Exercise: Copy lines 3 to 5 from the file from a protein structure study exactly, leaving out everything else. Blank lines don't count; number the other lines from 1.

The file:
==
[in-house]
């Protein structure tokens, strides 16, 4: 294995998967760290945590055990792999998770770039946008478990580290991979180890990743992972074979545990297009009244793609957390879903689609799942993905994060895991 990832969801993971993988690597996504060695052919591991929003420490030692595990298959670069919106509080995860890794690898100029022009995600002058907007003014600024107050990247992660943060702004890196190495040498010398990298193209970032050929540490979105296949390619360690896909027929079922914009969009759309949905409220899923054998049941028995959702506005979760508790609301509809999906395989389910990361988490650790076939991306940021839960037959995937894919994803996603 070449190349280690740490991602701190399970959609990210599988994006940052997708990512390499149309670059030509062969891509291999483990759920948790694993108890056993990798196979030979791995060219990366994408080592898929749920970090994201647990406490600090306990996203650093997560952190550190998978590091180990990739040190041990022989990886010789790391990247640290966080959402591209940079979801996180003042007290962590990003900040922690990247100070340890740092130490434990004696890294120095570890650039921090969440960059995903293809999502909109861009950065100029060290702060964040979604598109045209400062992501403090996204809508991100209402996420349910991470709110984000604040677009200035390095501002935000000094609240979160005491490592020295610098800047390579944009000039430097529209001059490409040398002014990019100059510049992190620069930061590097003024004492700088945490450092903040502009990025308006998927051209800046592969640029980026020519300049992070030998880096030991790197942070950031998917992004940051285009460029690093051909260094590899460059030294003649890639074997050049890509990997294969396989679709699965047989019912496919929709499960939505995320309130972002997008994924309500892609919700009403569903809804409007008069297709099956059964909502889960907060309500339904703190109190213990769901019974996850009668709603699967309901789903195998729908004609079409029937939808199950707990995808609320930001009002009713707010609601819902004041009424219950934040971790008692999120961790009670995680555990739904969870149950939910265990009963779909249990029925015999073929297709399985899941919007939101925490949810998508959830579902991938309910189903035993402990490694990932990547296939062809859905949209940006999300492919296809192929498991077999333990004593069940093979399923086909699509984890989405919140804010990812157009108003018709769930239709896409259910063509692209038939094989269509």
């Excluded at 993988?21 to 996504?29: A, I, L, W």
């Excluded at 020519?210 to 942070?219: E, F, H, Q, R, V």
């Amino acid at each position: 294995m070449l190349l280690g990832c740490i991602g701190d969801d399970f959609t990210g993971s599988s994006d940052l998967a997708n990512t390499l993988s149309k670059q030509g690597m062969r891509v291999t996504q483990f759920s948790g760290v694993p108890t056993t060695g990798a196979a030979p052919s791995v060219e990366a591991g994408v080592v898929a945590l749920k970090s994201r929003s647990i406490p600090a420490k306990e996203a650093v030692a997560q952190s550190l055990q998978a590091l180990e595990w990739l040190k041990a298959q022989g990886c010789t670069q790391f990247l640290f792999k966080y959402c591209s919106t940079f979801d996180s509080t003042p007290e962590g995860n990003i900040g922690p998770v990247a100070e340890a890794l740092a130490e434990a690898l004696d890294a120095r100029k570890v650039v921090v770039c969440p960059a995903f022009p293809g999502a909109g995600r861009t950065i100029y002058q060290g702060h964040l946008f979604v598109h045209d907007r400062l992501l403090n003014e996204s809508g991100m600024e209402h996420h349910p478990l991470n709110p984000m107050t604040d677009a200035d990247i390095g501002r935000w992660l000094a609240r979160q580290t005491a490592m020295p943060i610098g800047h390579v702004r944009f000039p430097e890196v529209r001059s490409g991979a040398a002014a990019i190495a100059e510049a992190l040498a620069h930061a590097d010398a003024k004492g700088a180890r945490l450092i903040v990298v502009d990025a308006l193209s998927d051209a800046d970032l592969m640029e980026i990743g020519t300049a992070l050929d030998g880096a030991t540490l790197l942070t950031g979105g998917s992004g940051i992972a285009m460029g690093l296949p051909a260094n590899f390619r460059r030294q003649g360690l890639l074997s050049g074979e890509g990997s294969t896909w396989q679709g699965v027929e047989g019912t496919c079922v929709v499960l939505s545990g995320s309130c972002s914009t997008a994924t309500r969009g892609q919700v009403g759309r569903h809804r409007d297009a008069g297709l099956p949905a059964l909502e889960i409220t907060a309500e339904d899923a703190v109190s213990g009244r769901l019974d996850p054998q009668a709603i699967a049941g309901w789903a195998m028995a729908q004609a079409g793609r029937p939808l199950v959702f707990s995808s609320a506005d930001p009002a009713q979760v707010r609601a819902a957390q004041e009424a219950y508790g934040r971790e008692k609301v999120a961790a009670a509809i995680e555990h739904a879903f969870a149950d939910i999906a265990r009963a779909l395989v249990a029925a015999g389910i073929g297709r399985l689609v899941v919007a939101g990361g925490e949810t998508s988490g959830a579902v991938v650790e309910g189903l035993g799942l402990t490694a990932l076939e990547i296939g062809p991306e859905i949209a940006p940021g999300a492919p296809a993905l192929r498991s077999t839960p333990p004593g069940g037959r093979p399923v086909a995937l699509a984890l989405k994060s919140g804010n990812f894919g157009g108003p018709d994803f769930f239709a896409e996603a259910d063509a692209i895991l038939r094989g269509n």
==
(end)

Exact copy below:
């Excluded at 993988?21 to 996504?29: A, I, L, W």
């Excluded at 020519?210 to 942070?219: E, F, H, Q, R, V």
């Amino acid at each position: 294995m070449l190349l280690g990832c740490i991602g701190d969801d399970f959609t990210g993971s599988s994006d940052l998967a997708n990512t390499l993988s149309k670059q030509g690597m062969r891509v291999t996504q483990f759920s948790g760290v694993p108890t056993t060695g990798a196979a030979p052919s791995v060219e990366a591991g994408v080592v898929a945590l749920k970090s994201r929003s647990i406490p600090a420490k306990e996203a650093v030692a997560q952190s550190l055990q998978a590091l180990e595990w990739l040190k041990a298959q022989g990886c010789t670069q790391f990247l640290f792999k966080y959402c591209s919106t940079f979801d996180s509080t003042p007290e962590g995860n990003i900040g922690p998770v990247a100070e340890a890794l740092a130490e434990a690898l004696d890294a120095r100029k570890v650039v921090v770039c969440p960059a995903f022009p293809g999502a909109g995600r861009t950065i100029y002058q060290g702060h964040l946008f979604v598109h045209d907007r400062l992501l403090n003014e996204s809508g991100m600024e209402h996420h349910p478990l991470n709110p984000m107050t604040d677009a200035d990247i390095g501002r935000w992660l000094a609240r979160q580290t005491a490592m020295p943060i610098g800047h390579v702004r944009f000039p430097e890196v529209r001059s490409g991979a040398a002014a990019i190495a100059e510049a992190l040498a620069h930061a590097d010398a003024k004492g700088a180890r945490l450092i903040v990298v502009d990025a308006l193209s998927d051209a800046d970032l592969m640029e980026i990743g020519t300049a992070l050929d030998g880096a030991t540490l790197l942070t950031g979105g998917s992004g940051i992972a285009m460029g690093l296949p051909a260094n590899f390619r460059r030294q003649g360690l890639l074997s050049g074979e890509g990997s294969t896909w396989q679709g699965v027929e047989g019912t496919c079922v929709v499960l939505s545990g995320s309130c972002s914009t997008a994924t309500r969009g892609q919700v009403g759309r569903h809804r409007d297009a008069g297709l099956p949905a059964l909502e889960i409220t907060a309500e339904d899923a703190v109190s213990g009244r769901l019974d996850p054998q009668a709603i699967a049941g309901w789903a195998m028995a729908q004609a079409g793609r029937p939808l199950v959702f707990s995808s609320a506005d930001p009002a009713q979760v707010r609601a819902a957390q004041e009424a219950y508790g934040r971790e008692k609301v999120a961790a009670a509809i995680e555990h739904a879903f969870a149950d939910i999906a265990r009963a779909l395989v249990a029925a015999g389910i073929g297709r399985l689609v899941v919007a939101g990361g925490e949810t998508s988490g959830a579902v991938v650790e309910g189903l035993g799942l402990t490694a990932l076939e990547i296939g062809p991306e859905i949209a940006p940021g999300a492919p296809a993905l192929r498991s077999t839960p333990p004593g069940g037959r093979p399923v086909a995937l699509a984890l989405k994060s919140g804010n990812f894919g157009g108003p018709d994803f769930f239709a896409e996603a259910d063509a692209i895991l038939r094989g269509n």